I don’t think you can ever fully appreciate the full effects of sleep deprivation are until you have a baby.
When pregnant with my 1st son, I had this crazy idea that my baby would sleep all night and doze all day as that’s what babies do. So it came as quite a shock when I found out that most babies have to learn to sleep on their own, and that for some, it’s not a natural progression from the cosy and comfortable feeling of the womb to the bright, noisy and scary world on the outside where the only place it feels safe is in the arms of mum or dad. And as sleep requires you to feel safe, then the only place my babies ever liked to sleep was on my or my husband’s chest.
All my boys have been rubbish sleepers to start so I’m well equipped to let you know just how sleep deprivation feels. Many new mums begin their journey into parenthood following the marathon of labour and in a cruel twist of fate, as your body is recovering from its battering you then have to wake up every few hours to feed your new and very dependant offspring.
Now don’t get me wrong, I love those first few days being wrapped up in the hormonal rush of love, getting to know the little person you’ve been carrying around for 9 months. And with paternity leave as well as the help from friends and family, most new mums are able to relax and let everyone else worry about the everyday stuff. My fondest and sweetest memories are of the early morning feeds, listening to the dawn chorus, just me and my babe, no distractions, no visitors, no noise. It was pure bliss.
But then the fog sets in, the fuzzy, disoriented grip of no sleep. Emotions run high, decisions harder to make and a everything just seems a little harder to do.It was after my second son was born that I remember looking in the mirror one morning and barely recognised what was looking back at me. I saw dark circles, tired eyes and a dire need of a few hours taming my mop of hair in a quiet, relaxing salon. When I wasn’t leaving the house in slippers, I was taking the hoover out the door instead of the pram. I’d put the baby in the moses basket to run the washing out, then forget where I’d put him and conversations just came out big slushy nonsense. So, like I said, if you’ve ever experience sleep deprivation, I hear you, I hear you loud and clear!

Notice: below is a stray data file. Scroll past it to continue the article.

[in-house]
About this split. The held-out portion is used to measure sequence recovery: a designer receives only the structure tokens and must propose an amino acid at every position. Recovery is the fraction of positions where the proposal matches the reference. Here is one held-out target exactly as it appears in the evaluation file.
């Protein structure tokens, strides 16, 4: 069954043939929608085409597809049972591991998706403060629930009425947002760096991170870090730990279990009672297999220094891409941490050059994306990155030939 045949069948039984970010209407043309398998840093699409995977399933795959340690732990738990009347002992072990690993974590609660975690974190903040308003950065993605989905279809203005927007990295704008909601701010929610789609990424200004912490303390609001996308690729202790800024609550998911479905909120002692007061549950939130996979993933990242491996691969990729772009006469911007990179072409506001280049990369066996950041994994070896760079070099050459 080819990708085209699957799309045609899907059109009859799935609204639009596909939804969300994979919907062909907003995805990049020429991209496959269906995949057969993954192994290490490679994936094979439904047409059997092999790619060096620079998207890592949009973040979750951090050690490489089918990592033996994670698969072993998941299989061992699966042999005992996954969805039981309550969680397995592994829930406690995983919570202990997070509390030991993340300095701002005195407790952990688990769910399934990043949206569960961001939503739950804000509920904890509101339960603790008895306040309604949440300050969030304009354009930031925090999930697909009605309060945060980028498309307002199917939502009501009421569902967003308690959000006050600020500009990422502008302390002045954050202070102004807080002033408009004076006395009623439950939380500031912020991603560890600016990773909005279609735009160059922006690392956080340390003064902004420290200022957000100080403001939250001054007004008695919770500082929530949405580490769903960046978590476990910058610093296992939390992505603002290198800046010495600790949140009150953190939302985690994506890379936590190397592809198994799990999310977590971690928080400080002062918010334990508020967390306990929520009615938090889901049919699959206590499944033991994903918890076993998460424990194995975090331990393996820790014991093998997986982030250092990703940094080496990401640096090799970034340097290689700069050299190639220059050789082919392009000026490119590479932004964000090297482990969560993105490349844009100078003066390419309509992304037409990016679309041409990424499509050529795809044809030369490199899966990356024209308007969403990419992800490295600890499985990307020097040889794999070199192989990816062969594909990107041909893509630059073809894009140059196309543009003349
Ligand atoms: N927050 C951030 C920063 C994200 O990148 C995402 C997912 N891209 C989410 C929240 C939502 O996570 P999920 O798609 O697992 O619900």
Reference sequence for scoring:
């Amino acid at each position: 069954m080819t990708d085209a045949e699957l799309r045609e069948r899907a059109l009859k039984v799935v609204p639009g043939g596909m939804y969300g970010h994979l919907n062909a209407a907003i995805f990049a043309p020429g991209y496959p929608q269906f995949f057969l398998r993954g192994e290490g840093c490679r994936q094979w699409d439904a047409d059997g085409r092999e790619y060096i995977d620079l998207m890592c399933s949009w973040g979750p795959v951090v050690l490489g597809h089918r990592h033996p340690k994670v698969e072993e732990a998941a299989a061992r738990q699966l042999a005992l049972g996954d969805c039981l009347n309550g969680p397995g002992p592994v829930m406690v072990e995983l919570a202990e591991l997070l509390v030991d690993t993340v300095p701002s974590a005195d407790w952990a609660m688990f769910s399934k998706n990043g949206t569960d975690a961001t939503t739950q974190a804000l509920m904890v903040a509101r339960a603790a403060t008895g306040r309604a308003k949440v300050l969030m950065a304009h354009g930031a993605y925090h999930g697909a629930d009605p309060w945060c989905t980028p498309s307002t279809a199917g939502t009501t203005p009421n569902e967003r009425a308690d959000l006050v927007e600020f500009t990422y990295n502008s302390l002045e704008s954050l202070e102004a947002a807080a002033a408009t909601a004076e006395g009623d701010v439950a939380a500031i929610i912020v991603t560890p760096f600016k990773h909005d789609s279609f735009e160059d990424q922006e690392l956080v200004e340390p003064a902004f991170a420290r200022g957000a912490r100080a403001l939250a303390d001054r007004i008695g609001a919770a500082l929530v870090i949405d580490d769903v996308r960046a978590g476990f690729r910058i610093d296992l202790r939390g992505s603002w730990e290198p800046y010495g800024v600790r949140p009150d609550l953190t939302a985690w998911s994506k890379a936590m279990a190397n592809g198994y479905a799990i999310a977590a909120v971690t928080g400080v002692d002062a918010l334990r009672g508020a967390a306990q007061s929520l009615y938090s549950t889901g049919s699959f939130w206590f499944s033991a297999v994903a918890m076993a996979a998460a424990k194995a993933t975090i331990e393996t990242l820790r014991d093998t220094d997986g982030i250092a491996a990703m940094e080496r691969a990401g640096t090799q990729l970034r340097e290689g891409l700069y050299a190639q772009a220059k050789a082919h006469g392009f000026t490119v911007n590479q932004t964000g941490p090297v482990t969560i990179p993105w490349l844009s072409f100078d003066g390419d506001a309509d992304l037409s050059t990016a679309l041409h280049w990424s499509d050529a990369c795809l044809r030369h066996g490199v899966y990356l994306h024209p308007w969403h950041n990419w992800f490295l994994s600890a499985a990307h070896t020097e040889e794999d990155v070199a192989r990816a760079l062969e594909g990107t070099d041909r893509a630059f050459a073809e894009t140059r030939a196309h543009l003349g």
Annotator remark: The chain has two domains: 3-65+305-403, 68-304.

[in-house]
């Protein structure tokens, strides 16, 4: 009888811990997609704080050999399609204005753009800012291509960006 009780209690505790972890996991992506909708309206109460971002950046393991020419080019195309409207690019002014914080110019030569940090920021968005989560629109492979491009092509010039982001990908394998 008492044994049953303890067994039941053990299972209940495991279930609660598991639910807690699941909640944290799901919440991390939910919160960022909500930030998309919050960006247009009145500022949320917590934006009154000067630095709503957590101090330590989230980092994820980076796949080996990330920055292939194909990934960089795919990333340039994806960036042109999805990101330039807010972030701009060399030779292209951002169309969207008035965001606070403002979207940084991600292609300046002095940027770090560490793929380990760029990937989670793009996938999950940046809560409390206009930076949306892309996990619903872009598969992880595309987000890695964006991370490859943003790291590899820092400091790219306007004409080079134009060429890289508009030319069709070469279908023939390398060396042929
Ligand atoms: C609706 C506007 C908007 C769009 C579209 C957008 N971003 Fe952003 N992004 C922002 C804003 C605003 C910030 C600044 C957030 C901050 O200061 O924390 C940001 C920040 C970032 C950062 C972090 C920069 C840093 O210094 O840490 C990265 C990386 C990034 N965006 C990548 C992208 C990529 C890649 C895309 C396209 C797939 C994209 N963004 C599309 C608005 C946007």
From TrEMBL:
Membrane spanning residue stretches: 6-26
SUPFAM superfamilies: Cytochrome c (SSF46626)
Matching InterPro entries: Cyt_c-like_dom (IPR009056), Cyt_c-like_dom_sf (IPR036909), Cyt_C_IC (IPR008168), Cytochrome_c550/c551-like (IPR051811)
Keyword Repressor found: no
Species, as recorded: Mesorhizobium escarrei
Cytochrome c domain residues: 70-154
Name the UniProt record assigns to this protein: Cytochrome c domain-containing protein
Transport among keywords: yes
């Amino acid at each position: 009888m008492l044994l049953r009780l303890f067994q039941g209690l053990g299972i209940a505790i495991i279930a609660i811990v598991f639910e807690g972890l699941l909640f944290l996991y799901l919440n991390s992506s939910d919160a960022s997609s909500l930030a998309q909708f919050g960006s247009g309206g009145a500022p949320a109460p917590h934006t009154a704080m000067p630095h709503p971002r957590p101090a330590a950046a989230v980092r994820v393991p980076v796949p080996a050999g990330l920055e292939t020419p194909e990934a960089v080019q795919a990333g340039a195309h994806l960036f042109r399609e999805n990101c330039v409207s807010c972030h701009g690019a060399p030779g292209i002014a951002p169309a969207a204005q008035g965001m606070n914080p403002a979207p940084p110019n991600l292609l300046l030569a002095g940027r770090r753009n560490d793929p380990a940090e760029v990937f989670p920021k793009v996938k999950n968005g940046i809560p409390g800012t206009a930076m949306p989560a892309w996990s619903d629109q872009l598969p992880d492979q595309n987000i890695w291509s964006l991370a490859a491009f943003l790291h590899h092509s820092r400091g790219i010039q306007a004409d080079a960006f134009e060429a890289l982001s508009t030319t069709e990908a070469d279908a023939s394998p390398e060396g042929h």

Third time round, you’ll excuse me for being a little nervous, as I knew what was coming, but this time I had a plan, a clever, wise and well thought out plan. Accepting that the odds were on that I was going to have another cuddler/non sleeper and knowing by now that it was perfectly normal for babies not to sleep through the night. I equipped myself with a new mum formula;
Babies have small tummies which get hungry quickly, and yes, breastfed babies will probably wake more often than formula fed due to breast milk being used up quickly and not taking as long to digest as formula. But my determination to feed my babies myself outweighed any sleep I could be missing. I’d nourished them from the inside and wanted to carry on now they were born. The magic of breastfeeding however, is your body produces a sleep inducing hormone when you feed at night so the bottle v’s breast decision is pretty much even when it comes to sleep. If you accept you’ll be woken, then it’s not so hard.
However your baby has chosen to come into the world, it’s tough. Labour is both exhausting and painful. C-sections are major surgery. You need time to recover both mentally and physically. Don’t rush out into the world, picking up where you left off, accept help and relax. Spend time getting to know your new baby, the housework can wait and visitors won’t care whether you’ve got dressed or emptied the dishwasher. I opted for a 10 day new-baby-bubble third time round. I didn’t leave the house, food was ordered online, family and my husband did the school run and I eased my son into the world rather than thrusting! If you have a supportive family and network of friends I thoroughly recommend it.
Collate a new mums tool kit
If you look better, you’ll feel better. Get your hair cut before baby’s born into a manageable style, drink more water to make your skin look better, take a new mum multivitamin and get together a killer, quick to apply make up set. Eye gels and eye mists will help tired eyes, a good moisturiser ( I swear by BB creams) will take care of your face and mascara and lip balm will freshen your look if you haven’t got the time to apply the full works.
Hopefully if you follow all the above, that sleep deprivation won’t seem so bad. And just remember, it doesn’t last forever. Before you know it you’ll have a teenager who sleeps more than is humanly possible.